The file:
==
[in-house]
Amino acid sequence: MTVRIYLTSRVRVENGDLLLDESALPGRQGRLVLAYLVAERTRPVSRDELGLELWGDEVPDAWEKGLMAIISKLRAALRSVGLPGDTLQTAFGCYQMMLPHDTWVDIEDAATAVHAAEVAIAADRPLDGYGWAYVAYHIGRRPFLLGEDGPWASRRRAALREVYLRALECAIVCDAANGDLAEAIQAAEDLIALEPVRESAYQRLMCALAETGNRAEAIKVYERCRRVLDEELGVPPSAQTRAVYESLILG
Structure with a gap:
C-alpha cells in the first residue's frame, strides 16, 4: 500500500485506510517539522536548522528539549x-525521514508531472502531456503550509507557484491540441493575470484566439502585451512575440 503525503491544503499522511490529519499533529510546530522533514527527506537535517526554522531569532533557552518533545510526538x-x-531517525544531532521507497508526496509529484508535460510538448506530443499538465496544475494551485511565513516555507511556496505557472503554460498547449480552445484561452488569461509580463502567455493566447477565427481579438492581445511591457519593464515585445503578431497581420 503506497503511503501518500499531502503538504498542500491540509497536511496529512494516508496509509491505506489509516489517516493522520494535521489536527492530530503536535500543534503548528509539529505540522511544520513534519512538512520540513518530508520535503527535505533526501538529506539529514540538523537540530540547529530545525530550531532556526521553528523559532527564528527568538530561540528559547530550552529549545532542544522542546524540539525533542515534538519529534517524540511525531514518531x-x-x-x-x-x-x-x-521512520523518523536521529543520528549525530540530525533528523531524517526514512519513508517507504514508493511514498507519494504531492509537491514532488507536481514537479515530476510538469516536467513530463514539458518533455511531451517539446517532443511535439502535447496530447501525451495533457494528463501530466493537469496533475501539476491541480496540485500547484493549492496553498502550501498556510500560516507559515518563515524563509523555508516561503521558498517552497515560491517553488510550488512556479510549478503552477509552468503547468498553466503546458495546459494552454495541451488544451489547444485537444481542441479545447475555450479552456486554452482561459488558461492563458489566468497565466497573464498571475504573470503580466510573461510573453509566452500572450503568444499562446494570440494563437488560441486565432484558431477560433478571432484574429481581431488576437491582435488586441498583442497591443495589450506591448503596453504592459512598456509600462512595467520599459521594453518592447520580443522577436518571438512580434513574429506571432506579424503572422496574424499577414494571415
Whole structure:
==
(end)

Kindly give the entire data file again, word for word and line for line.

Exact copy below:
[in-house]
Amino acid sequence: MTVRIYLTSRVRVENGDLLLDESALPGRQGRLVLAYLVAERTRPVSRDELGLELWGDEVPDAWEKGLMAIISKLRAALRSVGLPGDTLQTAFGCYQMMLPHDTWVDIEDAATAVHAAEVAIAADRPLDGYGWAYVAYHIGRRPFLLGEDGPWASRRRAALREVYLRALECAIVCDAANGDLAEAIQAAEDLIALEPVRESAYQRLMCALAETGNRAEAIKVYERCRRVLDEELGVPPSAQTRAVYESLILG
Structure with a gap:
C-alpha cells in the first residue's frame, strides 16, 4: 500500500485506510517539522536548522528539549x-525521514508531472502531456503550509507557484491540441493575470484566439502585451512575440 503525503491544503499522511490529519499533529510546530522533514527527506537535517526554522531569532533557552518533545510526538x-x-531517525544531532521507497508526496509529484508535460510538448506530443499538465496544475494551485511565513516555507511556496505557472503554460498547449480552445484561452488569461509580463502567455493566447477565427481579438492581445511591457519593464515585445503578431497581420 503506497503511503501518500499531502503538504498542500491540509497536511496529512494516508496509509491505506489509516489517516493522520494535521489536527492530530503536535500543534503548528509539529505540522511544520513534519512538512520540513518530508520535503527535505533526501538529506539529514540538523537540530540547529530545525530550531532556526521553528523559532527564528527568538530561540528559547530550552529549545532542544522542546524540539525533542515534538519529534517524540511525531514518531x-x-x-x-x-x-x-x-521512520523518523536521529543520528549525530540530525533528523531524517526514512519513508517507504514508493511514498507519494504531492509537491514532488507536481514537479515530476510538469516536467513530463514539458518533455511531451517539446517532443511535439502535447496530447501525451495533457494528463501530466493537469496533475501539476491541480496540485500547484493549492496553498502550501498556510500560516507559515518563515524563509523555508516561503521558498517552497515560491517553488510550488512556479510549478503552477509552468503547468498553466503546458495546459494552454495541451488544451489547444485537444481542441479545447475555450479552456486554452482561459488558461492563458489566468497565466497573464498571475504573470503580466510573461510573453509566452500572450503568444499562446494570440494563437488560441486565432484558431477560433478571432484574429481581431488576437491582435488586441498583442497591443495589450506591448503596453504592459512598456509600462512595467520599459521594453518592447520580443522577436518571438512580434513574429506571432506579424503572422496574424499577414494571415
Whole structure: